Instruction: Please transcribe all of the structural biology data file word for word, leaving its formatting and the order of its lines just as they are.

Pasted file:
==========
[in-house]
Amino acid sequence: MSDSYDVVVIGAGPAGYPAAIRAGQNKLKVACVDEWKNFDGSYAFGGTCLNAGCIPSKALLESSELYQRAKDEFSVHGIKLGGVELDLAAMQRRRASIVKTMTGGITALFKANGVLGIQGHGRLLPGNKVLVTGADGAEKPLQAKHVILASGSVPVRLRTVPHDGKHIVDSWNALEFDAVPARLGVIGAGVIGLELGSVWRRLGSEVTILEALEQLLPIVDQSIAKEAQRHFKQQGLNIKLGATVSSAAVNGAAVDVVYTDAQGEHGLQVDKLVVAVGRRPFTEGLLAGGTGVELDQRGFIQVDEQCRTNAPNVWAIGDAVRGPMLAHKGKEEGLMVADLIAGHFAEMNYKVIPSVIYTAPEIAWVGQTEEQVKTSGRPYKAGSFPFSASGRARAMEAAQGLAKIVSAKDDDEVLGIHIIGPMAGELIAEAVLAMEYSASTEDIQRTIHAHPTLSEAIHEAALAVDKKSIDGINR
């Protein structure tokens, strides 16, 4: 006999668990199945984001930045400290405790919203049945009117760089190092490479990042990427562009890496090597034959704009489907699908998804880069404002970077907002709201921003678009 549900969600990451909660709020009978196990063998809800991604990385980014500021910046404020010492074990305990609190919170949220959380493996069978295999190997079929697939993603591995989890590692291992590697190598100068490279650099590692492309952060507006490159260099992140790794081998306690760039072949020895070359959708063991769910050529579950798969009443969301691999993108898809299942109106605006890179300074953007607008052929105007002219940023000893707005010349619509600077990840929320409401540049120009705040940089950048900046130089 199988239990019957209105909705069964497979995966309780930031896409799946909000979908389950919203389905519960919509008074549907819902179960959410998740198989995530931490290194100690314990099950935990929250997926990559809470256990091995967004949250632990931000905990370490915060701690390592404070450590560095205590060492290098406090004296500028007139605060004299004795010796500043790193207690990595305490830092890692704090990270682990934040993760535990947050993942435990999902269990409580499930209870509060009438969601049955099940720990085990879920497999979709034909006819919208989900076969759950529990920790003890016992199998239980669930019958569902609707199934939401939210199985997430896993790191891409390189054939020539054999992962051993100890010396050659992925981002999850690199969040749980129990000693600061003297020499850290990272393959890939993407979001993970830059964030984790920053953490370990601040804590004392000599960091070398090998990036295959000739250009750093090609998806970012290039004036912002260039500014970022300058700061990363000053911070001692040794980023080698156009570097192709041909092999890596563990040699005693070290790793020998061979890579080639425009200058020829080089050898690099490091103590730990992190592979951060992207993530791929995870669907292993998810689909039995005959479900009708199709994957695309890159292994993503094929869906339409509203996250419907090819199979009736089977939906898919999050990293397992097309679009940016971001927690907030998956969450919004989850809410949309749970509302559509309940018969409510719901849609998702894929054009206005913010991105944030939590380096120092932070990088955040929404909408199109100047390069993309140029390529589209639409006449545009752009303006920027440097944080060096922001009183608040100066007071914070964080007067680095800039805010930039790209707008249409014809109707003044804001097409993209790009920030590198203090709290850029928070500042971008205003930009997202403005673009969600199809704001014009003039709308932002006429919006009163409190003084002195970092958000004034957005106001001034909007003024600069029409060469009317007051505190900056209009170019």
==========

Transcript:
[in-house]
Amino acid sequence: MSDSYDVVVIGAGPAGYPAAIRAGQNKLKVACVDEWKNFDGSYAFGGTCLNAGCIPSKALLESSELYQRAKDEFSVHGIKLGGVELDLAAMQRRRASIVKTMTGGITALFKANGVLGIQGHGRLLPGNKVLVTGADGAEKPLQAKHVILASGSVPVRLRTVPHDGKHIVDSWNALEFDAVPARLGVIGAGVIGLELGSVWRRLGSEVTILEALEQLLPIVDQSIAKEAQRHFKQQGLNIKLGATVSSAAVNGAAVDVVYTDAQGEHGLQVDKLVVAVGRRPFTEGLLAGGTGVELDQRGFIQVDEQCRTNAPNVWAIGDAVRGPMLAHKGKEEGLMVADLIAGHFAEMNYKVIPSVIYTAPEIAWVGQTEEQVKTSGRPYKAGSFPFSASGRARAMEAAQGLAKIVSAKDDDEVLGIHIIGPMAGELIAEAVLAMEYSASTEDIQRTIHAHPTLSEAIHEAALAVDKKSIDGINR
């Protein structure tokens, strides 16, 4: 006999668990199945984001930045400290405790919203049945009117760089190092490479990042990427562009890496090597034959704009489907699908998804880069404002970077907002709201921003678009 549900969600990451909660709020009978196990063998809800991604990385980014500021910046404020010492074990305990609190919170949220959380493996069978295999190997079929697939993603591995989890590692291992590697190598100068490279650099590692492309952060507006490159260099992140790794081998306690760039072949020895070359959708063991769910050529579950798969009443969301691999993108898809299942109106605006890179300074953007607008052929105007002219940023000893707005010349619509600077990840929320409401540049120009705040940089950048900046130089 199988239990019957209105909705069964497979995966309780930031896409799946909000979908389950919203389905519960919509008074549907819902179960959410998740198989995530931490290194100690314990099950935990929250997926990559809470256990091995967004949250632990931000905990370490915060701690390592404070450590560095205590060492290098406090004296500028007139605060004299004795010796500043790193207690990595305490830092890692704090990270682990934040993760535990947050993942435990999902269990409580499930209870509060009438969601049955099940720990085990879920497999979709034909006819919208989900076969759950529990920790003890016992199998239980669930019958569902609707199934939401939210199985997430896993790191891409390189054939020539054999992962051993100890010396050659992925981002999850690199969040749980129990000693600061003297020499850290990272393959890939993407979001993970830059964030984790920053953490370990601040804590004392000599960091070398090998990036295959000739250009750093090609998806970012290039004036912002260039500014970022300058700061990363000053911070001692040794980023080698156009570097192709041909092999890596563990040699005693070290790793020998061979890579080639425009200058020829080089050898690099490091103590730990992190592979951060992207993530791929995870669907292993998810689909039995005959479900009708199709994957695309890159292994993503094929869906339409509203996250419907090819199979009736089977939906898919999050990293397992097309679009940016971001927690907030998956969450919004989850809410949309749970509302559509309940018969409510719901849609998702894929054009206005913010991105944030939590380096120092932070990088955040929404909408199109100047390069993309140029390529589209639409006449545009752009303006920027440097944080060096922001009183608040100066007071914070964080007067680095800039805010930039790209707008249409014809109707003044804001097409993209790009920030590198203090709290850029928070500042971008205003930009997202403005673009969600199809704001014009003039709308932002006429919006009163409190003084002195970092958000004034957005106001001034909007003024600069029409060469009317007051505190900056209009170019």